MadHatter

Cool, let's wrap it up there for tonight, then.

MadHatter

I'm probably going to add this dialogue to my sequence, if you don't mind?

mishka

Right; yes, feel free to publish this. I think this clarifies a lot of things, makes it easier for a reader to understand what you are trying to do. So it should be useful to have this accessible.

mishka

And let's continue talking sometime soon :-)

MadHatter

I would love that!

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4 comments, sorted by Click to highlight new comments since: Today at 3:34 PM

I guess one thing I am curious about is, who would I have to get to check my derivation of the Golden Theorem in order for people to have any faith in it? It should be checkable by any physics major, just based on how little physics I actually know.

If It actually is physics. As far as I can see , it is decision/game theory.

Yes, it is a specification of a set of temporally adjacent computable Schelling Points. It thus constitutes a trajectory through the space of moral possibilities that can be used by agents to coordinate and punish defectors from a globally consistent morality whose only moral stipulations are such reasonable sounding statements as "actions have consequences" and "act more like Jesus and less like Hitler".

But it uses the tools of physics, so the math would best be checked by someone who understands Lagrangian mechanics at a professional level.

So, to summarize, I think the key upside of this dialogue is a rough preliminary sketch of a bridge between the formalism of ethicophysics and how one might hope to use it in the context of AI existential safety.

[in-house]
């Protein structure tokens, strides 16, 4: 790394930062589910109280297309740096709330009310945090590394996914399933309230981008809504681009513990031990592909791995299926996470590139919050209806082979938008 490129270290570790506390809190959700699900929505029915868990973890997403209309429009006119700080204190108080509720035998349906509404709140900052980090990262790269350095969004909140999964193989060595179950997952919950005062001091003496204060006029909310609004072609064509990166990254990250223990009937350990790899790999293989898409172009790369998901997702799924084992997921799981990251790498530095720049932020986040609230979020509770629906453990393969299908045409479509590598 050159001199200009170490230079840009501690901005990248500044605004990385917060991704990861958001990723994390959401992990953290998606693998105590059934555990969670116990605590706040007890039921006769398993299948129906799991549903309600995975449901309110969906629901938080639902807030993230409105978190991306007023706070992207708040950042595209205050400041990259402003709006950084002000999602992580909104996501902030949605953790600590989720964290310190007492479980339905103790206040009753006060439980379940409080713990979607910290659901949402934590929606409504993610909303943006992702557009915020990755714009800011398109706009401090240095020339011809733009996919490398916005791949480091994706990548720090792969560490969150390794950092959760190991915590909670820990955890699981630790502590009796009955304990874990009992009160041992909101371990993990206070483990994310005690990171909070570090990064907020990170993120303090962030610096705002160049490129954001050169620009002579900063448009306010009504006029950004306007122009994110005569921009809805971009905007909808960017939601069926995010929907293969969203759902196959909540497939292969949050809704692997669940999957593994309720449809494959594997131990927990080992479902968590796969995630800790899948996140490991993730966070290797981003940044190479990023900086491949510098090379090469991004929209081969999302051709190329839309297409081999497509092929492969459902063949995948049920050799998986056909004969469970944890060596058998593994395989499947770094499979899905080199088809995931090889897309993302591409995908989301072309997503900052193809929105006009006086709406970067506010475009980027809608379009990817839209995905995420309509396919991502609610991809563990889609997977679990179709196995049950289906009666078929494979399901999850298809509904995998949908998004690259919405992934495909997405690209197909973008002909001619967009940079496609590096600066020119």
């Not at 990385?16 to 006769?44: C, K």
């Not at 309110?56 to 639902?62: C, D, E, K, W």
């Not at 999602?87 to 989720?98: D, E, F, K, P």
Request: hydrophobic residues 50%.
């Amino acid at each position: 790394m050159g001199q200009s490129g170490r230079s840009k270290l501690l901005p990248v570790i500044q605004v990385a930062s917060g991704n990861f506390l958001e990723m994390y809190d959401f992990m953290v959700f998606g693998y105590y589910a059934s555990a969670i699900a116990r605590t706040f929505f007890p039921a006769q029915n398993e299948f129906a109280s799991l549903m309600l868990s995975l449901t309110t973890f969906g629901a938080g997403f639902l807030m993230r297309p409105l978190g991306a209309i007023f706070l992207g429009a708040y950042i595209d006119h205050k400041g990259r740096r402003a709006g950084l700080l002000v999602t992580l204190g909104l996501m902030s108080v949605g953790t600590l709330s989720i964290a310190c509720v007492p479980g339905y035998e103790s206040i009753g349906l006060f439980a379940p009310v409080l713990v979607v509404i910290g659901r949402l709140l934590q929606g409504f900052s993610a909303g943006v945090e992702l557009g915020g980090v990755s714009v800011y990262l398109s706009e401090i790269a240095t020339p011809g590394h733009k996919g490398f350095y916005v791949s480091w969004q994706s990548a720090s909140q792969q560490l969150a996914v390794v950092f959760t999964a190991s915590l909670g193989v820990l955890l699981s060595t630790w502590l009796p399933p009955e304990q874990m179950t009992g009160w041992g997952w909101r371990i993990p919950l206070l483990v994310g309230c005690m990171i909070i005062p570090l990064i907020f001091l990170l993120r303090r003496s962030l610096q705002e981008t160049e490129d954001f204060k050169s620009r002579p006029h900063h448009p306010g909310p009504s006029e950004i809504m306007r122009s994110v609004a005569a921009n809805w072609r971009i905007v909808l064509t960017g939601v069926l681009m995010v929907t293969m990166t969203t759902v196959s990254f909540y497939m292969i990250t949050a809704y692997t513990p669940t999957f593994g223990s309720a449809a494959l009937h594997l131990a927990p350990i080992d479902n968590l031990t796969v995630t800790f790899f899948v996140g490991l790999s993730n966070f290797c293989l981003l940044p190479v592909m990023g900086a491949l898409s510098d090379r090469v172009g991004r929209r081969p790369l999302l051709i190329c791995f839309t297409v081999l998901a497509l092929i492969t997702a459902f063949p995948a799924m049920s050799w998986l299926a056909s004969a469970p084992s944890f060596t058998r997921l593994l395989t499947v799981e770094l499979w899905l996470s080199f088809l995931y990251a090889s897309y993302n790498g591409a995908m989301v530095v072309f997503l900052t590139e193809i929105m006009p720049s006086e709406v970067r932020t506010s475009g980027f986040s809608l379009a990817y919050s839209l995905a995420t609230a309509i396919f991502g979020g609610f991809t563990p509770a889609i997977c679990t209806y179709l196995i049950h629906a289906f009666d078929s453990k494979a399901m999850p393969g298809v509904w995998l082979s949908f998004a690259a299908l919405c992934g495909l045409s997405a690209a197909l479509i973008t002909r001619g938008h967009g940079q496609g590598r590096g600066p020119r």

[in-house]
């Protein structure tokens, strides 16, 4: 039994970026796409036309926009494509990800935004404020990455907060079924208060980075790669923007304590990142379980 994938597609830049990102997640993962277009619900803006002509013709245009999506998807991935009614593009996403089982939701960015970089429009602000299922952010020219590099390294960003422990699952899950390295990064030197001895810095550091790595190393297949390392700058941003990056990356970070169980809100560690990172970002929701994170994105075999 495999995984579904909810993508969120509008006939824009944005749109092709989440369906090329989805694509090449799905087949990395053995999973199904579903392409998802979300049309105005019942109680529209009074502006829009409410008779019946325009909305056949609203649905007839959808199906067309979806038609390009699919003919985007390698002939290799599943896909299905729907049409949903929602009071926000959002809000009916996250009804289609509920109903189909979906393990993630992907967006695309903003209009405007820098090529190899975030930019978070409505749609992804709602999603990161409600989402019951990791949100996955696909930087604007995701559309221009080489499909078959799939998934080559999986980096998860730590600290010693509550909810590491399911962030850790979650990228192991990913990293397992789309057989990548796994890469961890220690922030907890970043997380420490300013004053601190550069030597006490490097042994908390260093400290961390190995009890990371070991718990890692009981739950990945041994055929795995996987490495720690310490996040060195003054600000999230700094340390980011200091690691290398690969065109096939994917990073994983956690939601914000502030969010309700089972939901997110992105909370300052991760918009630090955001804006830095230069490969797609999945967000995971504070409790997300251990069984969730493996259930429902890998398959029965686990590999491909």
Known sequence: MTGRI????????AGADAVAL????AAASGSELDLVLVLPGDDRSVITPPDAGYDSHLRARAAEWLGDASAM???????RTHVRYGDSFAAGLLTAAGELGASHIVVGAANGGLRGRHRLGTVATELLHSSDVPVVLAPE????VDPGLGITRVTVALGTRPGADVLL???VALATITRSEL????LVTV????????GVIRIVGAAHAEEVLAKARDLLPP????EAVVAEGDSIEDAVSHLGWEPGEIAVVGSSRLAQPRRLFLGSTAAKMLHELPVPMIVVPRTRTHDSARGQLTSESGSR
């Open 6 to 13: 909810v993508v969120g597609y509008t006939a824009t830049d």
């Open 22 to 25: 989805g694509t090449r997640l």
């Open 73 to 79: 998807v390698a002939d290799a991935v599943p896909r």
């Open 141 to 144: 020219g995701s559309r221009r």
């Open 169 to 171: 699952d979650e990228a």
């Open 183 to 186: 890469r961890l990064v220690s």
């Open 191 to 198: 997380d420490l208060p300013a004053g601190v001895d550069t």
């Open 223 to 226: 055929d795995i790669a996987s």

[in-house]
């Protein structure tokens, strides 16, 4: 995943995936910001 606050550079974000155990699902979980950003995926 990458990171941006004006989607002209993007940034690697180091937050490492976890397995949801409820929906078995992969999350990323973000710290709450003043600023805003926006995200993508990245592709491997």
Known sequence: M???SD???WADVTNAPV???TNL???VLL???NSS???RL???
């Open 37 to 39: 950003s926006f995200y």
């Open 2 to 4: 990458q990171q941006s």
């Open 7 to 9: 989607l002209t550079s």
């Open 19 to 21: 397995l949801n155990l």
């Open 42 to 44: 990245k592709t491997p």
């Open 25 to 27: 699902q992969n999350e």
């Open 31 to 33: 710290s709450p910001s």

As a result, it should be easier for readers to evaluate the overall approach.

At the same time, I think the main open problem for anyone interested in this (or in any other) approach to AI existential safety is how well does it hold with respect to recursive self-improvement.

Both the powerful AIs and the ecosystems of powerful AIs have inherently very high potential for recursive self-improvement (which might be not unlimited, but might encounter various thresholds at which it saturates, at least for some periods of time, but nevertheless is likely to result in a period of rapid changes, where not only capabilities, but the nature of AI systems in question, their architecture, algorithms, and, unfortunately, values, might change dramatically).

So, any approach to AI existential safety (this approach, and any other possible approach) needs to be eventually evaluated with respect to this likely rapid self-improvement and various self-modification.

Basically, is the coming self-improvement trajectory completely unpredictable, or could we hope for some invariants to be preserved, and specifically could we find some invariants which are both feasible to preserve during rapid self-modification and which might result in the outcomes we would consider reasonable.

E.g. if the resulting AIs are mostly "supermoral", can we just rely on them taking care that their successors and creations are "supermoral" as well, or are any extra efforts on our part are required to make this more likely? We would probably want to look at "details of the ethicophysical dynamics" closely in connection with this, rather than just relying on the high-level "statements of hope"...